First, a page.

As extensively discussed yesterday in the aftermath of the BOJ's stunning decision to cut rates to negative for the first time in history (a decision which it appears was taken due to Davos peer pressure, a desire to prop up stock markets and to punish Yen longs, and an inability to further boost QE), there will be consequences - some good, mostly bad.
As Goldman's Naohiko Baba previously explained, NIRP in Japan will not actually boost the economy: "we do have concerns about the policy transmission channel. Policy Board Member Koji Ishida, who voted against the new measures, said that “a further decline in JGB yields would not have significantly positive effects on economy activity.” We concur with this sentiment, particularly for capex. The key determinants of capex in Japan are the expected growth rate and uncertainty about the future as seen by corporate management according to our analysis, while the impact of real long-term rates has weakened markedly in recent years."
What the BOJ's NIRP will do, is result in a one-time spike in risk assets, something global stock and bond markets have already experienced, and a brief decline in the Yen, one which traders can't wait to fade as Citi FX's Brent Donnelly explained yesterday.
NIRP will also have at most two other "positive" consequences, which according to Deutsche Bank include 1) reinforcing financial institutions’ decisions to grant new loans and invest in securities (if only in theory bnecause as explained further below in practice this may very well backfire); and 2) widening interest rate differentials to weaken JPY exchange rates, which in turn support companies’ JPY-based sales and profit, for whom a half of consolidated sales are from overseas.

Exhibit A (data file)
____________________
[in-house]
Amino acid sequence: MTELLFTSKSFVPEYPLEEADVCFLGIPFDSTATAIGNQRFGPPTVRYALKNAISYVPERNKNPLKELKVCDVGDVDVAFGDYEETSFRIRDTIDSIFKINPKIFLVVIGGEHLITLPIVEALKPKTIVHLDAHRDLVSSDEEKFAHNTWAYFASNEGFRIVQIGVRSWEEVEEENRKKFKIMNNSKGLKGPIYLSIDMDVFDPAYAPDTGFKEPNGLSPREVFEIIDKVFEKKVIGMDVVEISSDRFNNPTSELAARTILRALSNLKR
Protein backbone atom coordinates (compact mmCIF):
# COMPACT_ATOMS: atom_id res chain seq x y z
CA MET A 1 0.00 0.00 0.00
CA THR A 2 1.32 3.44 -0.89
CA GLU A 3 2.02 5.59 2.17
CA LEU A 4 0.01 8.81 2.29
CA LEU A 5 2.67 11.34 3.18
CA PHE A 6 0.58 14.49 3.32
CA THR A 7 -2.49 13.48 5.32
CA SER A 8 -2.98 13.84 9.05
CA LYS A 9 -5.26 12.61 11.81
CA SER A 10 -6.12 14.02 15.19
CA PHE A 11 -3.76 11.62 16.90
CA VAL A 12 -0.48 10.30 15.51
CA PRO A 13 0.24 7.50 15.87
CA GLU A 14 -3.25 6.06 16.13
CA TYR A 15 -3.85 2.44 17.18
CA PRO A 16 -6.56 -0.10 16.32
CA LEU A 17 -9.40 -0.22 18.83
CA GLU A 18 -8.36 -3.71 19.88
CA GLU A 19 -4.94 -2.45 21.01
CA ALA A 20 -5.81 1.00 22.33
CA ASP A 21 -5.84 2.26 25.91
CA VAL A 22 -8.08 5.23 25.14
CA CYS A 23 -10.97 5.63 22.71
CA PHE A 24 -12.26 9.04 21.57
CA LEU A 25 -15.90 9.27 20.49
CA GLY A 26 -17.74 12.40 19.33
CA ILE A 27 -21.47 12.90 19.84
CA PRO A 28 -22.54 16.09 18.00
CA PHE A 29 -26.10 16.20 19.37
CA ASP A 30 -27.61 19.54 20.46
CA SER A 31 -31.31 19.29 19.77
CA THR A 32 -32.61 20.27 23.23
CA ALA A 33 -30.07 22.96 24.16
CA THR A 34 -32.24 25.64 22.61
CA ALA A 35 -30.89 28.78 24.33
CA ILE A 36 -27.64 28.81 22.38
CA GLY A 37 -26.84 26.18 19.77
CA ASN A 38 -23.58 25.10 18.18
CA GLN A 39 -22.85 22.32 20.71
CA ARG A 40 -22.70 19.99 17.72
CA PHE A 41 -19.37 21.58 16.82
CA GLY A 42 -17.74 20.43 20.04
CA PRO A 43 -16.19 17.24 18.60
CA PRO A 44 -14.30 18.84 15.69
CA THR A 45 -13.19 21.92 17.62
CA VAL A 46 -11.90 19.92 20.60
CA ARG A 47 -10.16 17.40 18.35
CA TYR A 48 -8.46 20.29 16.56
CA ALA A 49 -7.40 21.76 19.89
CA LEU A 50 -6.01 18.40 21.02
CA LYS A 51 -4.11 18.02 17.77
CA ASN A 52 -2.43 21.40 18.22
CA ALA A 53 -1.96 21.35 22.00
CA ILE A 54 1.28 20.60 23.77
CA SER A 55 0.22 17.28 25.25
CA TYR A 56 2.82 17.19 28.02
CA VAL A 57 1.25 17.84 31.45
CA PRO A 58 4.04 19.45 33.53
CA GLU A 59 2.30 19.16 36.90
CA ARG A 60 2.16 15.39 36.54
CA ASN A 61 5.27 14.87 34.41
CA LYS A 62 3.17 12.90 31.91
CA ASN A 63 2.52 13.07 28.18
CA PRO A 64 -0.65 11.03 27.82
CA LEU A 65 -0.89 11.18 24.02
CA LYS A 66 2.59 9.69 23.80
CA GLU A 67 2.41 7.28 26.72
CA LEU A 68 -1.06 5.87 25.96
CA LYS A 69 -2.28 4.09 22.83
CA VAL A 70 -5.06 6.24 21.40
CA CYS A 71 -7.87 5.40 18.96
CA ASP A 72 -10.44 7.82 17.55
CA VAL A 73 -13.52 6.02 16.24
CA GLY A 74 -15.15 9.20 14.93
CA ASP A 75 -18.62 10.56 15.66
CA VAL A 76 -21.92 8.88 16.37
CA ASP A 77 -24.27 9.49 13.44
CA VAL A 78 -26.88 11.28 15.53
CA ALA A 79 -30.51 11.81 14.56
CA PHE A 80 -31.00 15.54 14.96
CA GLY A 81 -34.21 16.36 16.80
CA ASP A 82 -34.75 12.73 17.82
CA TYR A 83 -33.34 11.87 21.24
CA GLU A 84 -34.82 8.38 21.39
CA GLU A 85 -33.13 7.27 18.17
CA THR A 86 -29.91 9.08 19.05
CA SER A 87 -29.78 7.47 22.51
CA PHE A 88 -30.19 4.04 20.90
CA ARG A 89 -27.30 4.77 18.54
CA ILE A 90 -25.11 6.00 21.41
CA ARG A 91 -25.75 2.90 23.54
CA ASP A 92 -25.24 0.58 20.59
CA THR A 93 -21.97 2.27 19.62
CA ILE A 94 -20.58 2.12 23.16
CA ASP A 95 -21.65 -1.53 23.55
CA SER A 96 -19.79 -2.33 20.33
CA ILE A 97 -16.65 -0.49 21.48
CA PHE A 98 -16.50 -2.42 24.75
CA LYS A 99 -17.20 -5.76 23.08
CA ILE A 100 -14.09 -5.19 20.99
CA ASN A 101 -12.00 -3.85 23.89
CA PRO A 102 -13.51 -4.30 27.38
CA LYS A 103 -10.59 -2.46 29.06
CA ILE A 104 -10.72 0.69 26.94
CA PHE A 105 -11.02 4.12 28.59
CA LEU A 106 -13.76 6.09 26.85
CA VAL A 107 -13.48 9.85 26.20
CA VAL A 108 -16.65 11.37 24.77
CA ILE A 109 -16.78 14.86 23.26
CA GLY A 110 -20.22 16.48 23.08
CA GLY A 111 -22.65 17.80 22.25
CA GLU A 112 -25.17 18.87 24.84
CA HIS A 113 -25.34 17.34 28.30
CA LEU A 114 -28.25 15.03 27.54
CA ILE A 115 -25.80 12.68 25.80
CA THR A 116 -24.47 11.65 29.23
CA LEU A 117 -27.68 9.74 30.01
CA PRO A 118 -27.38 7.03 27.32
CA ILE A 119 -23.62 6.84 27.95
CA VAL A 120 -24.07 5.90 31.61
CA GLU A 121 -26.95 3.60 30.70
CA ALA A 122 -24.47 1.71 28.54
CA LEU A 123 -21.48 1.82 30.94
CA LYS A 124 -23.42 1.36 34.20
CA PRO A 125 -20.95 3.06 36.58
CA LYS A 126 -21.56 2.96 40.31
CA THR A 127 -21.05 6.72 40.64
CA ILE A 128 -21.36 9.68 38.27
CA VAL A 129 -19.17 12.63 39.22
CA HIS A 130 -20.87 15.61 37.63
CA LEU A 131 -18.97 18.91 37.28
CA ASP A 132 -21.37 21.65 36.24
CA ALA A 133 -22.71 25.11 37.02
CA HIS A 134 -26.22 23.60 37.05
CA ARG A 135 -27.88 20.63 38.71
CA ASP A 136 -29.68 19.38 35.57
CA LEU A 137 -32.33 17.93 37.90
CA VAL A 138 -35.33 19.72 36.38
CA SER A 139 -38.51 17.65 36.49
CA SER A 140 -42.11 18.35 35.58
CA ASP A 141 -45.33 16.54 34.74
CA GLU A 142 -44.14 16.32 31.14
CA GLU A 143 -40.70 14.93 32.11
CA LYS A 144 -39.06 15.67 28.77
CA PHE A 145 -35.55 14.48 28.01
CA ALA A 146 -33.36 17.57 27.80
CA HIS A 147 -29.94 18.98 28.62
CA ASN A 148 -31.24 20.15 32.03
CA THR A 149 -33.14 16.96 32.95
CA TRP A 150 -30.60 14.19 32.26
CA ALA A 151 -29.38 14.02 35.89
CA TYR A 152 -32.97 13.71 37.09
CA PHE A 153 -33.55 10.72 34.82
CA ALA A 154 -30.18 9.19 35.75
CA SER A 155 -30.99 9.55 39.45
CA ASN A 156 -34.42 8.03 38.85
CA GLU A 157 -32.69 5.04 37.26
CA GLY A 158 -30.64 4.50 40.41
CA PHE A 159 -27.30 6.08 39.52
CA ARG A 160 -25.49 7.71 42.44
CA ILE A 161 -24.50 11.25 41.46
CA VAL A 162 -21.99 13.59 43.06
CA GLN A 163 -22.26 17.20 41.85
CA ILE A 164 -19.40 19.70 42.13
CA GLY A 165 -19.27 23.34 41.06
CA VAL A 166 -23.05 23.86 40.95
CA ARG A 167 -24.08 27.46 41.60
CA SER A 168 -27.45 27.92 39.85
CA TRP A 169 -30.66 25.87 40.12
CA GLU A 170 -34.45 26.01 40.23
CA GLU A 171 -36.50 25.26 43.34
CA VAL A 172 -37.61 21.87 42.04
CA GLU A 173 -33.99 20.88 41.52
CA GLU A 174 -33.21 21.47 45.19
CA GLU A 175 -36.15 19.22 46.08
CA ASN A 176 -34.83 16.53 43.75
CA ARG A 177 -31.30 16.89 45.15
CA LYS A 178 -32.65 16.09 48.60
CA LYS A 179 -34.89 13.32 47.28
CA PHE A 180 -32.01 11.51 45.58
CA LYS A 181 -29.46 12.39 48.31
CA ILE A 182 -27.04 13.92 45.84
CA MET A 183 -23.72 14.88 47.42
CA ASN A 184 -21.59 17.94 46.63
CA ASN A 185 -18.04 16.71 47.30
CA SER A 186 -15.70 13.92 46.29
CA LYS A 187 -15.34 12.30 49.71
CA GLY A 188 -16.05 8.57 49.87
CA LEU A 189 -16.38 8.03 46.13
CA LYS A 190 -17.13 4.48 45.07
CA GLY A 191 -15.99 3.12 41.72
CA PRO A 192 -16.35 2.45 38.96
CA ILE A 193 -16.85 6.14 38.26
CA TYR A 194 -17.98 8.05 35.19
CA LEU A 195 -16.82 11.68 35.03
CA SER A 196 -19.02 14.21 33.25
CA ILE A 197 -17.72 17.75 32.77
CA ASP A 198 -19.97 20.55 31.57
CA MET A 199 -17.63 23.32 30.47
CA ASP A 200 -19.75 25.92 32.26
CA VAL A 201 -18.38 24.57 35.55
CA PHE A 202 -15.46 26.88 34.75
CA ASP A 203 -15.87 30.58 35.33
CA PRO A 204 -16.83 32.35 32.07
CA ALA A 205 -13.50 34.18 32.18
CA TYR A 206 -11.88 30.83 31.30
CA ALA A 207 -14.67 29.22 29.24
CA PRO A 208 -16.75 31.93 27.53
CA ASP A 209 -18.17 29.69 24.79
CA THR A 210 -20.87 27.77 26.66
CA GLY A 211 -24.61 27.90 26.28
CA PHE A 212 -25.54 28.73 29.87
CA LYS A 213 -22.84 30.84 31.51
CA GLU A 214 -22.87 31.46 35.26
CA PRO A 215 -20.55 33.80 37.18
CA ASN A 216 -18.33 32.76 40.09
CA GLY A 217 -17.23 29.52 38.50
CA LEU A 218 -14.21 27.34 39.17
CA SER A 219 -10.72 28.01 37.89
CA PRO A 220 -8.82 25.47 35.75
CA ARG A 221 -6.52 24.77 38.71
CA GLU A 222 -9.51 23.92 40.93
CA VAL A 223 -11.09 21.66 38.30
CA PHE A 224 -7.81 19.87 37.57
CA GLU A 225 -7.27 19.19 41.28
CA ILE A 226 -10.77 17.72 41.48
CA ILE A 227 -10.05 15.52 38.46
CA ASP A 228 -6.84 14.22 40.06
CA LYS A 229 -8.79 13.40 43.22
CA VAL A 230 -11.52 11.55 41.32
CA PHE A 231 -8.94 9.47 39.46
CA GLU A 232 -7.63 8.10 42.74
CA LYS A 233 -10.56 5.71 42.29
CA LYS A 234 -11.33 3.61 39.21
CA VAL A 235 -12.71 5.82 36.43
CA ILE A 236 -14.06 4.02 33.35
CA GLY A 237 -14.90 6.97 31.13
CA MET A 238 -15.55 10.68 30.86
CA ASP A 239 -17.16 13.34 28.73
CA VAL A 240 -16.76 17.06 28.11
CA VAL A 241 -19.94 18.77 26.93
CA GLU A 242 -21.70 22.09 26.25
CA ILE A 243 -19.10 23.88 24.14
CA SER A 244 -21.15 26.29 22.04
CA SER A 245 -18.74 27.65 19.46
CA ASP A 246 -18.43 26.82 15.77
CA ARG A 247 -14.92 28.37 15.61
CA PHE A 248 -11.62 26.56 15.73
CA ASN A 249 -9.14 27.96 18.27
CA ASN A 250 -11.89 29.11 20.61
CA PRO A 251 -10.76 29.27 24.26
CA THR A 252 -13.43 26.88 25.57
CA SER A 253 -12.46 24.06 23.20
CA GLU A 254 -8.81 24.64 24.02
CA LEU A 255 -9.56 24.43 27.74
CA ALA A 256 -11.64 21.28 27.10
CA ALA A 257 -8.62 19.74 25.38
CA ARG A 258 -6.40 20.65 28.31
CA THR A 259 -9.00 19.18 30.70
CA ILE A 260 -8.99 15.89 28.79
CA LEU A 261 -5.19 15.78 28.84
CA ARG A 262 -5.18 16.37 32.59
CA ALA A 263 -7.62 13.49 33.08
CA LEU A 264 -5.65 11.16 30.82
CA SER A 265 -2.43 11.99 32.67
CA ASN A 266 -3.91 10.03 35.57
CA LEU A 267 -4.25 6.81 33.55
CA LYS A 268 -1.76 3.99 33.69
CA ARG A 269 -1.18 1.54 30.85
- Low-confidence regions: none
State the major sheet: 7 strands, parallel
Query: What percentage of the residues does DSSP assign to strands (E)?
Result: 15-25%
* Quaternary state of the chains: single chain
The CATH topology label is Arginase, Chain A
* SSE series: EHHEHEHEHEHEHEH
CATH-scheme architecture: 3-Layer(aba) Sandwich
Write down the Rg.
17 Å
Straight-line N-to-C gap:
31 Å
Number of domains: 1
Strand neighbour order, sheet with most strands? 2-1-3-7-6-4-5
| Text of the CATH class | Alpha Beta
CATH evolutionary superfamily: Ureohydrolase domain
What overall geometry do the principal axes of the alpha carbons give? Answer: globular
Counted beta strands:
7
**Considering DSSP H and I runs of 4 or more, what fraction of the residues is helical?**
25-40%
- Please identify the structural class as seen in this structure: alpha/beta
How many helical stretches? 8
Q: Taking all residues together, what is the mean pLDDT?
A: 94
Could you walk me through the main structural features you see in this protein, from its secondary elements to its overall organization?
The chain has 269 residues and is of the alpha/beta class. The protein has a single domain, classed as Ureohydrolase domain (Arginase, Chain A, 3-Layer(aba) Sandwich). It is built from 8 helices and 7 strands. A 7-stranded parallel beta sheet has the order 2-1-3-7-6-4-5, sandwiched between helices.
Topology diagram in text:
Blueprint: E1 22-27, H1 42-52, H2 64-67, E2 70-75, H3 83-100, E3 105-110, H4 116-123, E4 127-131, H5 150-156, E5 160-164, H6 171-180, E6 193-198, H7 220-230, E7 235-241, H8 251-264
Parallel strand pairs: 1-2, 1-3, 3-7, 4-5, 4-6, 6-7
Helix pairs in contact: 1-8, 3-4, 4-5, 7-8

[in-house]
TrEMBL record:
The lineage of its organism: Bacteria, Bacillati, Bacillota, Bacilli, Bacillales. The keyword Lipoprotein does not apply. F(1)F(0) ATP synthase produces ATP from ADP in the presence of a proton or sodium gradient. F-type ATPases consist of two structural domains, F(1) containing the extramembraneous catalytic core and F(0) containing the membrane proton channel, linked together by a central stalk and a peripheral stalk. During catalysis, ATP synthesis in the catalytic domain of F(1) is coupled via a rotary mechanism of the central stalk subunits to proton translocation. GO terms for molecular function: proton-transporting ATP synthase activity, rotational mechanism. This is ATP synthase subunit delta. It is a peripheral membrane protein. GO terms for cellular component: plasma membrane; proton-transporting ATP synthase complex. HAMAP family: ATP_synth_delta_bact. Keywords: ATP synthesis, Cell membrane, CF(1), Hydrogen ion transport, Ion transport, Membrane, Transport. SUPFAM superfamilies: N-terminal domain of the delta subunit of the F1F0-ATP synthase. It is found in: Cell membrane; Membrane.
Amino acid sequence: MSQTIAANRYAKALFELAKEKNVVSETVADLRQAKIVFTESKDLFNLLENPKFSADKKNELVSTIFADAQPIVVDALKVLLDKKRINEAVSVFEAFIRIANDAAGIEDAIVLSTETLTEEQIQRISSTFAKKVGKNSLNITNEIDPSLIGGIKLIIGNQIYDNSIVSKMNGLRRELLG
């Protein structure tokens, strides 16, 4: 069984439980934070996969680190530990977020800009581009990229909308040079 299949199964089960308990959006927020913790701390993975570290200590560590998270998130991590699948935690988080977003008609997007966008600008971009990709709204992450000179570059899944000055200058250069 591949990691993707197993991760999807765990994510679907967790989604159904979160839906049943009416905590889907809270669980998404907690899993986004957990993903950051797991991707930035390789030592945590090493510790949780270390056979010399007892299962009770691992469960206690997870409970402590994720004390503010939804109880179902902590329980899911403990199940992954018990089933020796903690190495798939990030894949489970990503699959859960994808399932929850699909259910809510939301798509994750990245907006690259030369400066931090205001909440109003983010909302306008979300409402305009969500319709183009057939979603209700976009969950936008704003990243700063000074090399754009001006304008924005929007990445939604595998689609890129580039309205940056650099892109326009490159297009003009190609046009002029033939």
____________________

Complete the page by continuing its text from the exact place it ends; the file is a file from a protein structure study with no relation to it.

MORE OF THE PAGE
That covers the positive. The NIRP negatives are far more troubling. The first one we already noted yesterday, when Goldman speculated that launching NIRP could mean that further QE is all tapped out:
... we believe the BOJ thinks that JGB purchases will have reached their technical limit in quantitative terms eventually, and it is highly likely it was a last-ditch measure to somehow maintain the current pace of purchases for some time. If not, we would have expected the BOJ not to introduce a negative interest rate this time either and to have opted instead to further increase JGB purchases.
Today, Deutsche Bank's Japan analyst Mikihiro Matsuoka jumps on the bandwagon and adds that "we are worried about a possible opening of a Pandora’s Box by explicitly removing the lower bound of nominal interest rates."
Here, according to Deutsche, are the most severe consequences of Japan opening the NIRP Pandora's box :
- as the monetary base target of expanding by JPY80trn a year continues, the tax on financial institutions expands rapidly also, even if an upper bound on excess reserves that are subject to the negative rate is set. The net interest margin of Japanese commercial banks is lower than in other countries.